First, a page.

In the current context of a rapidly changing policy landscape resulting from COVID-19, making policy decisions informed by the most appropriate types of evidence is crucial. In this blog, we discuss how Aristotle’s knowledge types can help us understand the types of evidence that should be considered in this ever changing landscape.
Matthew Johnson, Elliott Johnson, Laura Webber and Kate Pickett
The COVID-19 pandemic has increased interest in Universal Basic Income (UBI) as a means of addressing a range of socio-economic insecurities. While previous trials of cash transfer schemes have often focused on low-level transfers inadequate to satisfy the needs for which the policy was originally developed, emerging pilots are moving toward a position of increasing generosity. Our multidisciplinary project, Examining the Health Case for UBI, has brought together colleagues in behavioural science, public health, epidemiology and economics to establish pathways to health impact outlined in Figure 1 below. Our work suggests the potential for significant health impact and attendant economic benefit via reduced healthcare costs and increased economic activity. The model suggests that elements of impact may only be felt if payment is set at a more generous level. This could create greater return on investment and, ironically, a more cost-effective system.
We find that the adoption of evidence-based policies in US states is driven more by Machiavellianism than altruism. Although engagement with evidence-based policymaking (EBP) can produce more efficient and effective government, it can also supply new levers of control to politicians and bureaucrats, which can be used to produce electoral benefits. An appeal to EBP can be used to centralise control of executive functions, as well as to manipulate budgets, that incentivise adoption. Further, the construction, purpose and outcomes of these laws are influenced by the institutions, parties and officeholders who craft them. Our study finds that Democratic governors, Republican legislatures and state innovativeness are significant predictors of EBP adoption in the American states.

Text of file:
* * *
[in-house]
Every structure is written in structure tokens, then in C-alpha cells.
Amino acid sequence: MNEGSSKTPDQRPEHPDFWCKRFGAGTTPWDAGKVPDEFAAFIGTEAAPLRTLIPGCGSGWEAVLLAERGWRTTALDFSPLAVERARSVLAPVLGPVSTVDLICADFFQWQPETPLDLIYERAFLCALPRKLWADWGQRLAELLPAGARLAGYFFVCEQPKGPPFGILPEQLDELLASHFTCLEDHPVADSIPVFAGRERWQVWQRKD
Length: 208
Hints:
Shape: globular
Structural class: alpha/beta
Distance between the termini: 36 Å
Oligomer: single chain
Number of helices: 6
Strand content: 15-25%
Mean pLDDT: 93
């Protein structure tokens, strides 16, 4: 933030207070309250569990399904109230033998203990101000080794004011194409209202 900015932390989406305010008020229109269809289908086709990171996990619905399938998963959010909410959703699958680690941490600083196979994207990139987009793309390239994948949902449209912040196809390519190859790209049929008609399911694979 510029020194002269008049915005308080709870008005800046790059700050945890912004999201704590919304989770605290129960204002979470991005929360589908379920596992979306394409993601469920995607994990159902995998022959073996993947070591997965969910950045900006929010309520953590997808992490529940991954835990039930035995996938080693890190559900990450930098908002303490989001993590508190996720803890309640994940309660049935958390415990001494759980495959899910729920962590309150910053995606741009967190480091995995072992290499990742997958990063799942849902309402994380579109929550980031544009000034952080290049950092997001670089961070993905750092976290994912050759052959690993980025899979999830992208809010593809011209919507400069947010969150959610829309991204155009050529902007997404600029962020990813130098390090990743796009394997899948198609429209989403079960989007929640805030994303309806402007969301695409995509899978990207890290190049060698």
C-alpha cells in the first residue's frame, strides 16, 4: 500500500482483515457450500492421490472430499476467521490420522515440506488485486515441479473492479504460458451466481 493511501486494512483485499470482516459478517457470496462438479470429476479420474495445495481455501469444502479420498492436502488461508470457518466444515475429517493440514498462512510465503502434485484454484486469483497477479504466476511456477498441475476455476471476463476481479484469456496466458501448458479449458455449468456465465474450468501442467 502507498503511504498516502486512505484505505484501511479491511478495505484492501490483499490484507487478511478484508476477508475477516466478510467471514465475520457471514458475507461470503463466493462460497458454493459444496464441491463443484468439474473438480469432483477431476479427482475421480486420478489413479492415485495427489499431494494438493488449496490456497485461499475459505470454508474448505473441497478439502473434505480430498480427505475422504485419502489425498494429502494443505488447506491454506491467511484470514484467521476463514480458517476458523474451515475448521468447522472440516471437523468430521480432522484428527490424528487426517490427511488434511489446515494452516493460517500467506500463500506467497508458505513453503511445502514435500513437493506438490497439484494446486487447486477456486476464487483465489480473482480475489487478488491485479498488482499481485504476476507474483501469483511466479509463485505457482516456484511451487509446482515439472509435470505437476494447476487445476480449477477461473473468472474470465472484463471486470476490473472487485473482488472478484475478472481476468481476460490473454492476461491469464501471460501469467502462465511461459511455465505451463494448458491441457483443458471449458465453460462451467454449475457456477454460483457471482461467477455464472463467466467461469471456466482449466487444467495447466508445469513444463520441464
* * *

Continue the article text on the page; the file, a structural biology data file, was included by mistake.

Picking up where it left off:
Especially in times of crisis, the relationship between evidence and policymaking may change dramatically. The current Covid-19 crisis generated manifestations of ‘evidence informed policymaking’ in an unprecedented way, both nationally and locally. It also showed that the need to use internationally organised, reliable data for effective policy interventions has never been more urgent in times of peace. This information needs to be both profound and directly available.
In the processes of shaping evidence informed policymaking, scientists from all kinds of disciplines play a crucial role to substantiate the development of policies. An international, virtual conference taking place 15–18 December 2020 will treat the outcomes of the current crisis as input for the challenge of professionalising the structured interaction between evidence and policymaking. The current learning processes will be analysed in the context of the existing knowledge infrastructure for policymakers. Instruments for creating evidence for policymakers have recently grown with the introduction of Big Data and the development of algorithms. Another widespread trend is the use of innovative evaluation processes in order to enhance the effectiveness of policy instruments and the growth of new standards for experimental policies.